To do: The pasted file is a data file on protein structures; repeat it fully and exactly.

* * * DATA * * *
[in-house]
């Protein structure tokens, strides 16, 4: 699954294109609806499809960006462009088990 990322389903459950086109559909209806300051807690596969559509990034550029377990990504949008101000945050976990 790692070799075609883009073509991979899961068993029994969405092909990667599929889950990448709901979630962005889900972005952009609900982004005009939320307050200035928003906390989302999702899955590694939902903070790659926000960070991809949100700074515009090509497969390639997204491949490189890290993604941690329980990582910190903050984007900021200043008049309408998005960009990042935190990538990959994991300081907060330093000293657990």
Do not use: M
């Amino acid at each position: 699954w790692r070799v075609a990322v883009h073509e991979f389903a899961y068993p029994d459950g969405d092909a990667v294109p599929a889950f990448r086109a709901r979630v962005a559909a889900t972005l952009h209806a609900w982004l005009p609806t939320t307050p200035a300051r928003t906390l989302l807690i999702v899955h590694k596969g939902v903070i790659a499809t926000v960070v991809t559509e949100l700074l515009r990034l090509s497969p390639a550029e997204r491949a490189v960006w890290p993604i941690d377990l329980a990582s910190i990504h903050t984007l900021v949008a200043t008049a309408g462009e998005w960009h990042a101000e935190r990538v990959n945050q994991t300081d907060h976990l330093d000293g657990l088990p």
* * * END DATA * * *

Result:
[in-house]
């Protein structure tokens, strides 16, 4: 699954294109609806499809960006462009088990 990322389903459950086109559909209806300051807690596969559509990034550029377990990504949008101000945050976990 790692070799075609883009073509991979899961068993029994969405092909990667599929889950990448709901979630962005889900972005952009609900982004005009939320307050200035928003906390989302999702899955590694939902903070790659926000960070991809949100700074515009090509497969390639997204491949490189890290993604941690329980990582910190903050984007900021200043008049309408998005960009990042935190990538990959994991300081907060330093000293657990």
Do not use: M
């Amino acid at each position: 699954w790692r070799v075609a990322v883009h073509e991979f389903a899961y068993p029994d459950g969405d092909a990667v294109p599929a889950f990448r086109a709901r979630v962005a559909a889900t972005l952009h209806a609900w982004l005009p609806t939320t307050p200035a300051r928003t906390l989302l807690i999702v899955h590694k596969g939902v903070i790659a499809t926000v960070v991809t559509e949100l700074l515009r990034l090509s497969p390639a550029e997204r491949a490189v960006w890290p993604i941690d377990l329980a990582s910190i990504h903050t984007l900021v949008a200043t008049a309408g462009e998005w960009h990042a101000e935190r990538v990959n945050q994991t300081d907060h976990l330093d000293g657990l088990p």